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Surface-tension-induced budding drives alveologenesis in human mammary gland organoids

The development of glands involves cylindrical branches transforming into spherical alveoli. Now there is evidence to suggest that this process can be understood as a budding instability driven by a decrease in tension anisotropy in the tissue.

Organ development involves complex shape transformations driven by active mechanical stresses that sculpt the growing tissue(1,2). Epithelial gland morphogenesis is a prominent example where cylindrical branches transform into spherical alveoli during growth(3-5). Here we show that this shape transformation is induced by a local change from anisotropic to isotropic tension within the epithelial cell layer of developing human mammary gland organoids. By combining laser ablation with optical force inference and theoretical analysis, we demonstrate that circumferential tension increases at the expense of axial tension through a reorientation of cells that correlates with the onset of persistent collective rotation around the branch axis. This enables the tissue to locally control the onset of a generalized Rayleigh-Plateau instability, leading to spherical tissue buds(6). The interplay between cell motion, cell orientation and tissue tension is a generic principle that may turn out to drive shape transformations in other cell tissues.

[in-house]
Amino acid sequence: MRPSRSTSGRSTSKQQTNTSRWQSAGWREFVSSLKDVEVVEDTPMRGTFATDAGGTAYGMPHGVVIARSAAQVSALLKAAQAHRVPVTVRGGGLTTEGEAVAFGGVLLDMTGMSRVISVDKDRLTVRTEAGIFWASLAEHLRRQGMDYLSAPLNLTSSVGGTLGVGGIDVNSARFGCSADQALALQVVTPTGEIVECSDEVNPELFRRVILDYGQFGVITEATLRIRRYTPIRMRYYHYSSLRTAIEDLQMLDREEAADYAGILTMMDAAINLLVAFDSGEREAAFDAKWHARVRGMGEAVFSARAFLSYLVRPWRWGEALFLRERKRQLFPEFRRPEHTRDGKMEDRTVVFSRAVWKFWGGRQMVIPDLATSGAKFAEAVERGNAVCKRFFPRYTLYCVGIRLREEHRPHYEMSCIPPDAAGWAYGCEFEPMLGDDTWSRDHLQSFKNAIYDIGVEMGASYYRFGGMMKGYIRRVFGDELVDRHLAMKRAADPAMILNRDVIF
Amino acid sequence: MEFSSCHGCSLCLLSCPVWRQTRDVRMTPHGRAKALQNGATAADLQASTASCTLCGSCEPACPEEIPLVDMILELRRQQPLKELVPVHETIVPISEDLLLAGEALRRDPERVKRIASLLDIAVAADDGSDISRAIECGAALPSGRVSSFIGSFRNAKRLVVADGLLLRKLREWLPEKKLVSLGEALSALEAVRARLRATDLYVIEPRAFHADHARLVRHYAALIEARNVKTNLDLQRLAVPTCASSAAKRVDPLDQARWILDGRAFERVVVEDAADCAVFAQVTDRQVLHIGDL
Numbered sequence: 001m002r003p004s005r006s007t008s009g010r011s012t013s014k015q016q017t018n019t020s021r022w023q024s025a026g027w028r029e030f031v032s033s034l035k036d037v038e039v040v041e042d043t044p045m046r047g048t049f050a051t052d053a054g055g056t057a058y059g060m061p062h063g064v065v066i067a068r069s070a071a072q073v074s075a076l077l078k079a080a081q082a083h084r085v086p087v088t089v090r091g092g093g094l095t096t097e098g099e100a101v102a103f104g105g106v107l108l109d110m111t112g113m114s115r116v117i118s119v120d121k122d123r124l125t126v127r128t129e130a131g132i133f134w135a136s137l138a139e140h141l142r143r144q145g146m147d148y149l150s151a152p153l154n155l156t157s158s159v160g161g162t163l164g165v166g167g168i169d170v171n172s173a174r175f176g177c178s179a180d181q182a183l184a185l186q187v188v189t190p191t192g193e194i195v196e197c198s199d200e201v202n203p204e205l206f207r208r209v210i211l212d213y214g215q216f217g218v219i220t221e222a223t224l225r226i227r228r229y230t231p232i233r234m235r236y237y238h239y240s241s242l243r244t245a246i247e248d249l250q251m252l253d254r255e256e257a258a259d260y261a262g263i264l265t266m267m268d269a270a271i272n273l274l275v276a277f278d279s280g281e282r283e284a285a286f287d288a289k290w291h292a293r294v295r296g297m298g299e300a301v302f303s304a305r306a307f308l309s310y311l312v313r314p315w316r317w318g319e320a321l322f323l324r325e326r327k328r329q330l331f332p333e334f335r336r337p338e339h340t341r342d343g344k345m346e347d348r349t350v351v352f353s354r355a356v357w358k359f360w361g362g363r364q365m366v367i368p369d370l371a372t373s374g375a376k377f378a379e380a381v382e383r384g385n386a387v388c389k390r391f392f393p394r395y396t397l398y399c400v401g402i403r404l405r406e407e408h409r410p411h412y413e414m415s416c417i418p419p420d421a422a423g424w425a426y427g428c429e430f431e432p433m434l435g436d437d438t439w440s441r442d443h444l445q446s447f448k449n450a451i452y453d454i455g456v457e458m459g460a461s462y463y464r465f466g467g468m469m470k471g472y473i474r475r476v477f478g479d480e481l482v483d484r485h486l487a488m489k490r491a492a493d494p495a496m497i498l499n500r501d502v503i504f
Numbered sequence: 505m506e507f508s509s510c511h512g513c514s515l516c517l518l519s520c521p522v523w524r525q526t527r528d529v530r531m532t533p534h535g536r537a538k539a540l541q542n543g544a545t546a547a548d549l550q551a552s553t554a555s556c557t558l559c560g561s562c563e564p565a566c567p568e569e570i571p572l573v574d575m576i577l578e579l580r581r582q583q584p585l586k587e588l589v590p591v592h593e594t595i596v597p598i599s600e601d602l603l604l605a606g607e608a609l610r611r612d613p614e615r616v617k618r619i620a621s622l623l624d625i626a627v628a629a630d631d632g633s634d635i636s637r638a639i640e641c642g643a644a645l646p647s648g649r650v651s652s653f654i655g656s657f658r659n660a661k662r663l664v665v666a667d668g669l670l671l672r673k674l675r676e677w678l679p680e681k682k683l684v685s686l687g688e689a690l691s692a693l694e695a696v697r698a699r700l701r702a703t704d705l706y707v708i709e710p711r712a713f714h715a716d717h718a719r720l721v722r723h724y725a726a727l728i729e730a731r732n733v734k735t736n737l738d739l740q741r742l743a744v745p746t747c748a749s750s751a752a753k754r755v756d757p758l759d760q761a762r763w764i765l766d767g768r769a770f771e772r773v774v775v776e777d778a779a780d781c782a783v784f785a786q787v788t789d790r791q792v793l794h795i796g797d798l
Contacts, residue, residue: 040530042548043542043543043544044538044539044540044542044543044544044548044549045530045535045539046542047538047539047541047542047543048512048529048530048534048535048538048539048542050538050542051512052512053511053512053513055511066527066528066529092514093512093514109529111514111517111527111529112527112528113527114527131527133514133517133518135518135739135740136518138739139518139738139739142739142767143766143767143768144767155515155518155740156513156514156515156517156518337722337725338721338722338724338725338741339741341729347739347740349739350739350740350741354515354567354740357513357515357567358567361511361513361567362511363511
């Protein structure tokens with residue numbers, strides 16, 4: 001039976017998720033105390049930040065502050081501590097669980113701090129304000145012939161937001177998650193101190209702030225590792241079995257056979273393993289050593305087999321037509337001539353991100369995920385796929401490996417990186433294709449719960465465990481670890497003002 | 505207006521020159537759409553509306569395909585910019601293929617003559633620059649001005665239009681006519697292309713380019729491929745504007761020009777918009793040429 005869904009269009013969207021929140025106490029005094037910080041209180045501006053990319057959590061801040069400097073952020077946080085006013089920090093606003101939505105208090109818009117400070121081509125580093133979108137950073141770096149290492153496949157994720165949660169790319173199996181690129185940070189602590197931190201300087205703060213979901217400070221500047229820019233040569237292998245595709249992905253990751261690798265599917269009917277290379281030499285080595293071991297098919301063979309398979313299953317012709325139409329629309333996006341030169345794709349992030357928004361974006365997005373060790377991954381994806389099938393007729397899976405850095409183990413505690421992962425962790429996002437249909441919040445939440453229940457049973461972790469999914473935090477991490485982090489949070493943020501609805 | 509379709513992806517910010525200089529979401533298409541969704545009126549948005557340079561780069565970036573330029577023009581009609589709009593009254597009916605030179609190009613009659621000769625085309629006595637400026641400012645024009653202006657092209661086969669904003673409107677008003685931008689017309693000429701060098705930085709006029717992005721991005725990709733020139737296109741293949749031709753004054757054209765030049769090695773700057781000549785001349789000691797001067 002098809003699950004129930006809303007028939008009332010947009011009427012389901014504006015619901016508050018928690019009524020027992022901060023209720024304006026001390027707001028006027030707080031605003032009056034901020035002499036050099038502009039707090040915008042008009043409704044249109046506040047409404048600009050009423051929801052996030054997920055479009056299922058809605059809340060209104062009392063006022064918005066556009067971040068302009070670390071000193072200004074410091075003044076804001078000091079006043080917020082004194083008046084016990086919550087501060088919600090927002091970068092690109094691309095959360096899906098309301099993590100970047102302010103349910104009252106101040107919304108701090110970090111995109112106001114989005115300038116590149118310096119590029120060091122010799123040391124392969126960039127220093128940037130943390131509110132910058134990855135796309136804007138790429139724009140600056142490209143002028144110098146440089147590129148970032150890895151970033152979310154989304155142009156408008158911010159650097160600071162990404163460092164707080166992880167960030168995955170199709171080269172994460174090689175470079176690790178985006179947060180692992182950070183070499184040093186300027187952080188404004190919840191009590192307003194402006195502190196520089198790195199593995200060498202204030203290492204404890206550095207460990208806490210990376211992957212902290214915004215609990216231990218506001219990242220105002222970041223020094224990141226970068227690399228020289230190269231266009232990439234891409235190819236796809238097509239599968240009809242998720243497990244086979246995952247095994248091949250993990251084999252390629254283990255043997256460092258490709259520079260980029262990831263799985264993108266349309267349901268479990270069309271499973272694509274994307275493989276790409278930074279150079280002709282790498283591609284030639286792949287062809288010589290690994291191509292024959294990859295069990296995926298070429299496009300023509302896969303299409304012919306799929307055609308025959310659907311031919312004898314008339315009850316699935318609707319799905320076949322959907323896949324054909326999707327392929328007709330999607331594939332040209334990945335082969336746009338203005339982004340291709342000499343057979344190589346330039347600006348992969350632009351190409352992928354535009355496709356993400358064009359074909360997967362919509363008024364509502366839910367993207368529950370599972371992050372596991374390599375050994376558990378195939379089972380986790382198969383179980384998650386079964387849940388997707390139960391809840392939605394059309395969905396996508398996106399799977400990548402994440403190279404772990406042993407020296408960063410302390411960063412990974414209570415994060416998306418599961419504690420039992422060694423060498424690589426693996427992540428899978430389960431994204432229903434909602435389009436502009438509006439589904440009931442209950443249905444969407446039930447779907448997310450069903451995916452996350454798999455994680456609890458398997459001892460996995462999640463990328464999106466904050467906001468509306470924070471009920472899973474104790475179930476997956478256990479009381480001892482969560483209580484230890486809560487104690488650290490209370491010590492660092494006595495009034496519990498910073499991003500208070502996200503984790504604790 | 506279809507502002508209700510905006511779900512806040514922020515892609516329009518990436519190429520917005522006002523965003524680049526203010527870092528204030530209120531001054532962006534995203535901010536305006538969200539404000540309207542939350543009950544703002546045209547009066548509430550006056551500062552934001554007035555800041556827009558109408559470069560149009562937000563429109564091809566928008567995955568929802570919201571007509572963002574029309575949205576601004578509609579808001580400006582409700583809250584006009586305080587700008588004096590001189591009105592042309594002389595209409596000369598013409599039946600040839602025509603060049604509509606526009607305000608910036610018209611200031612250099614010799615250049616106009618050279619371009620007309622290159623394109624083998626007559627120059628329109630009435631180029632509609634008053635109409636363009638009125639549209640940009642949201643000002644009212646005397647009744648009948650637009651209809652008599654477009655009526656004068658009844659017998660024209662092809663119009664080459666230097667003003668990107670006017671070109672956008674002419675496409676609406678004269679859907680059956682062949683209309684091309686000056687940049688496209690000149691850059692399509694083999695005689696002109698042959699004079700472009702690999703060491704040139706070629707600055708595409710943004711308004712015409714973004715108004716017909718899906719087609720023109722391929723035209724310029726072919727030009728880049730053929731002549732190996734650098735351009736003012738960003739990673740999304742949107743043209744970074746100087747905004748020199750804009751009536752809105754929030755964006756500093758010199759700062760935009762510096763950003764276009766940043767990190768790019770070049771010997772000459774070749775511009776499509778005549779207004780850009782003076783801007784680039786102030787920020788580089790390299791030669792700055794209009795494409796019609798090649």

Research Cooperation

CeNS stimulates and supports research cooperation - crossing the borders between disciplines and different institutions. Shared knowledge and know-how as well as continuous discussions between the members of the network promote synergy effects which boost scientific progress. CeNS continuously provides a multitude of different occasions for the researchers to meet and exchange ideas during scientific meetings and social events. Furthermore, the scientific board awards funding for cooperation projects of scientists belonging to different CeNS groups.

The successful collaborative research work between different CeNS scientists from Physics, Chemistry, Biology, Pharmacy and Medicine leads to joint research papers published in high-impact journals. The following list shows a selection of recently published cooperative papers:

Controlled Nanometric Phase Transitions of Phospholipid Membranes by Plasmonic Heating of Single Gold Nanoparticles

A. S. Urban, M. Fedoruk, M. R. Horton, J. O. R├Ądler, F. D. Stefani and J. Feldmann - Nano Lett., 2009, 9 (8), pp 29032908 more …

Optoelectronic sensitization of carbon nanotubes by CdTe nanocrystals

B. Zebli, H. A. Vieyra, I. Carmeli, A. Hartschuh, J. P. Kotthaus, and A. W. Holleitner - Phys. Rev. B 79, 205402 (2009) more …